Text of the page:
Former Renault Samsung official scolds labor

Home > Business > Industry

print dictionary print

Former Renault Samsung official scolds labor


Left, a letter delivered Friday and written by Lee Ki-in, a former Renault Samsung Motors manufacturing division chief. Lee urged employees in the letter to end their wage battle against management. Right, workers of Renault Samsung Motors voice demands at a press conference joined by officials from the Korean Metal Workers’ Union and the Korean Confederation of Trade Unions held in Busan last February. [YONHAP, RENAULT SAMSUNG MOTORS]

Lee Ki-in, former Renault Samsung Motors manufacturing division chief, urged employees in a letter to end their wage battle against management and focus on saving the automaker.

In the letter, entitled “leaving the Busan factory” and delivered last Friday, Lee said that continuing the labor dispute would “critically” damage the automaker’s operations. The dispute has gone on for seven months with no visible progress.

“The conflict between the labor union and the company must not continue,” Lee wrote. “If the unstable situation at the Busan factory continues, this would cause serious damage to ourselves and existence of the company.”

“I urge you to make a wise decision,” he added. Lee resigned from his position Friday claiming responsibility of the long wage dispute.

As of Monday, the Busan-based automaker’s labor union has gone on 58 strikes for total of 234 hours since last October. The dispute continued well past the March 8 deadline set for the conclusion of negotiations.

The union has called for the company to follow the minimum wage law, claiming that the required rate is not being paid. It also demanded management improve working conditions, and has said that mismanagement led to difficulties and mass layoffs.

In the 25th round of negotiations last week, the union asked for the right to participate in the human resources decision-making process.

The company has emphasized that cost increases could harm its competitiveness. Jose-Vicente De Los Mozos, executive vice president of manufacturing and supply chain for the automaker’s parent company, Renault Group, visited the plant earlier this year and said costs are too high.

“Workers at the Busan factory are paid most competitively among all workers within the Renault Group,” an automaker spokesperson said Tuesday. “We offered to pay some amount of money in place of raising wages, but the union rejected the offer.”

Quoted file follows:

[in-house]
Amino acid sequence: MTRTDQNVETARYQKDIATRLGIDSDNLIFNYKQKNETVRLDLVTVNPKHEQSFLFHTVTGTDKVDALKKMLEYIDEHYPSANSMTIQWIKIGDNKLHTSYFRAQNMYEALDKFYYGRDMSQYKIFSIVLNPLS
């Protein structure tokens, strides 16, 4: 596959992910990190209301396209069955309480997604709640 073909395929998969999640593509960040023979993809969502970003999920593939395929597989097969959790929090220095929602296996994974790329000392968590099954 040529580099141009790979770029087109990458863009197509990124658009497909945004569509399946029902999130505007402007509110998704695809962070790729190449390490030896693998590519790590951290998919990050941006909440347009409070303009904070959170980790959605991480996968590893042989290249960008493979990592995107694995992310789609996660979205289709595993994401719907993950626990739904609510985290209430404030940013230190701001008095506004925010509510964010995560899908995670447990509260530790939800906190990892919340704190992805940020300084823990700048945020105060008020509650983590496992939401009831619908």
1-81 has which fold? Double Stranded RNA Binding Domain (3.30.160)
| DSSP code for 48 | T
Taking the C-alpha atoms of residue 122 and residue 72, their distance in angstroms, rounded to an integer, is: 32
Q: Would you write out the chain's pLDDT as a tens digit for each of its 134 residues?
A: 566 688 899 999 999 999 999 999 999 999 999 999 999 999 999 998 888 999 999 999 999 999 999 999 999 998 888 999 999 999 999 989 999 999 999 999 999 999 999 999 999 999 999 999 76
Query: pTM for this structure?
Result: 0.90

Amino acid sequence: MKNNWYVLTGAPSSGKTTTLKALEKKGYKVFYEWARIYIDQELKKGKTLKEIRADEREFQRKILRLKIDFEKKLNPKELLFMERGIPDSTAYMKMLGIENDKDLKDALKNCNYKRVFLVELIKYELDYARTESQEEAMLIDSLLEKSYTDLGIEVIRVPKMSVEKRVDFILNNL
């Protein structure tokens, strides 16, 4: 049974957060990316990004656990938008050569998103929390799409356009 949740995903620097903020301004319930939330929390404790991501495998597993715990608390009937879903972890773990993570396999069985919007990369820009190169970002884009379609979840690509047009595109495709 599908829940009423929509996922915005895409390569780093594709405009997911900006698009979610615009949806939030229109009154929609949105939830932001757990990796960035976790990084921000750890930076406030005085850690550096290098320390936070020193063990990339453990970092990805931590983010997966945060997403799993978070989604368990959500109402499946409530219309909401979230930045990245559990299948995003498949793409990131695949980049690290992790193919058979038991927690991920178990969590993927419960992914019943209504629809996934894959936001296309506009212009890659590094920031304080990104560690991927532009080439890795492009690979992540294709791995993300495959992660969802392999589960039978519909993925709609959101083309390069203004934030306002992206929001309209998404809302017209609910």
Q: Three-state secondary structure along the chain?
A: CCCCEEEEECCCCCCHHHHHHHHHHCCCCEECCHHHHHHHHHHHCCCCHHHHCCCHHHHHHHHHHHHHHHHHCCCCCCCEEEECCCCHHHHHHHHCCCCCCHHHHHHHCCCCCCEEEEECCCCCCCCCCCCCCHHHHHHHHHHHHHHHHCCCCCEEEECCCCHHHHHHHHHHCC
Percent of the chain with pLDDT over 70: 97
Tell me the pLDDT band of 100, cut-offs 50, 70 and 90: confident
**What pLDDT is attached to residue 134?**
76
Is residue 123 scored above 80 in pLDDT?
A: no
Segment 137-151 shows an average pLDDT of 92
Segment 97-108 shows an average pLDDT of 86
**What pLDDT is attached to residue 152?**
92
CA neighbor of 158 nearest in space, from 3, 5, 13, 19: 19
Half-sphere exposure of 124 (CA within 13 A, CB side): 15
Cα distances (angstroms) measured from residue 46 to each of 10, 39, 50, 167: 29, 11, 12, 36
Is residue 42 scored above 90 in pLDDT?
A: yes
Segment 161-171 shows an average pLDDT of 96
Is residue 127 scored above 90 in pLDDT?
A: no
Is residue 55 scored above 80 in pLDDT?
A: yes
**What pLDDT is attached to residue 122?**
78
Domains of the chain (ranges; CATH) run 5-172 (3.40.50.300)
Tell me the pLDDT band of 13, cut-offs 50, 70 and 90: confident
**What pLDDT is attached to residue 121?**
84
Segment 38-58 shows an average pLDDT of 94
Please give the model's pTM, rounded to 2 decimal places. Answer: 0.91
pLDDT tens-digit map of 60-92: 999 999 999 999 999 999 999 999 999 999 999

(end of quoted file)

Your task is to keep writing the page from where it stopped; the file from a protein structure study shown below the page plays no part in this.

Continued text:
As the operating rate for the Busan factory fell to 20 percent below normal due to continuing strikes, Renault Samsung Motors suffered around 265.6 billion won ($233.6 million) in losses as a result of the strikes as of Monday. The loss is projected to be greater when factoring in the recent reduction of consignment orders from Nissan Motor for this year.

The Japanese automaker told Renault Samsung Motors late last month that it will reduce its orders for the Rogue SUV this year from 100,000 units to 60,000 units. As Rogue production falls, the Busan-based automaker’s total annual production is expected to be lower than 200,000 units.

The Rogue accounted for nearly half of the Korean automaker’s total sales of 227,577 units last year.

“Nissan adjusted assignments considering the unstable production,” the spokesperson explained.

Stoppages are forecast to continue, as unionized workers at the Busan factory announced Thursday they will go on a so-called premium vacation for two days starting April 29 and for another two days from May 2. During these actions, workers use their extra days off.

The declining production rate and fruitless negotiations have led to disputes within the union. Concern about job security is on the rise among workers due to declining production.

According to the automaker, 54 percent of union members took part in the walkout Monday. The union instructed its members to either participate in the strike or go home.

The dispute could worsen as the recent audit showed that Renault Samsung Motors paid 70 percent of net profit in dividends last year.

According to recent financials, the company’s net profit in 2018 fell by 30 percent to 221.8 billion won, but dividend payments remained the same. The automaker paid 155.3 billion won as dividends, transferring 124.1 billion won to the parent company, which owns 79.9 percent of the automaker.

Critics say that the parent group is taking too much, even though it already profited enough to offset the price it paid to acquire the Korean affiliate in 2000. Renault Group invested 615 billion won in acquiring the then-Samsung Motors and received a total of 618 billion won in dividend payouts from 2007 to 2017.

The automaker, however, say it is simply following company rules. Renault Group mandates its affiliates pay 100 percent of net profits in dividends, but Renault Samsung Motors is granted a special exception to the rule as it is already under pressure from ongoing labor disputes and low sales.

Some industry sources speculate Renault Group could withdraw from Korea due to low sales and labor troubles. The automaker sold 12,796 vehicles last month, down 49 percent from the same period last year.

Log in to Twitter or Facebook account to connect
with the Korea JoongAng Daily
help-image Social comment?
lock icon

To write comments, please log in to one of the accounts.

Standards Board Policy (0/250자)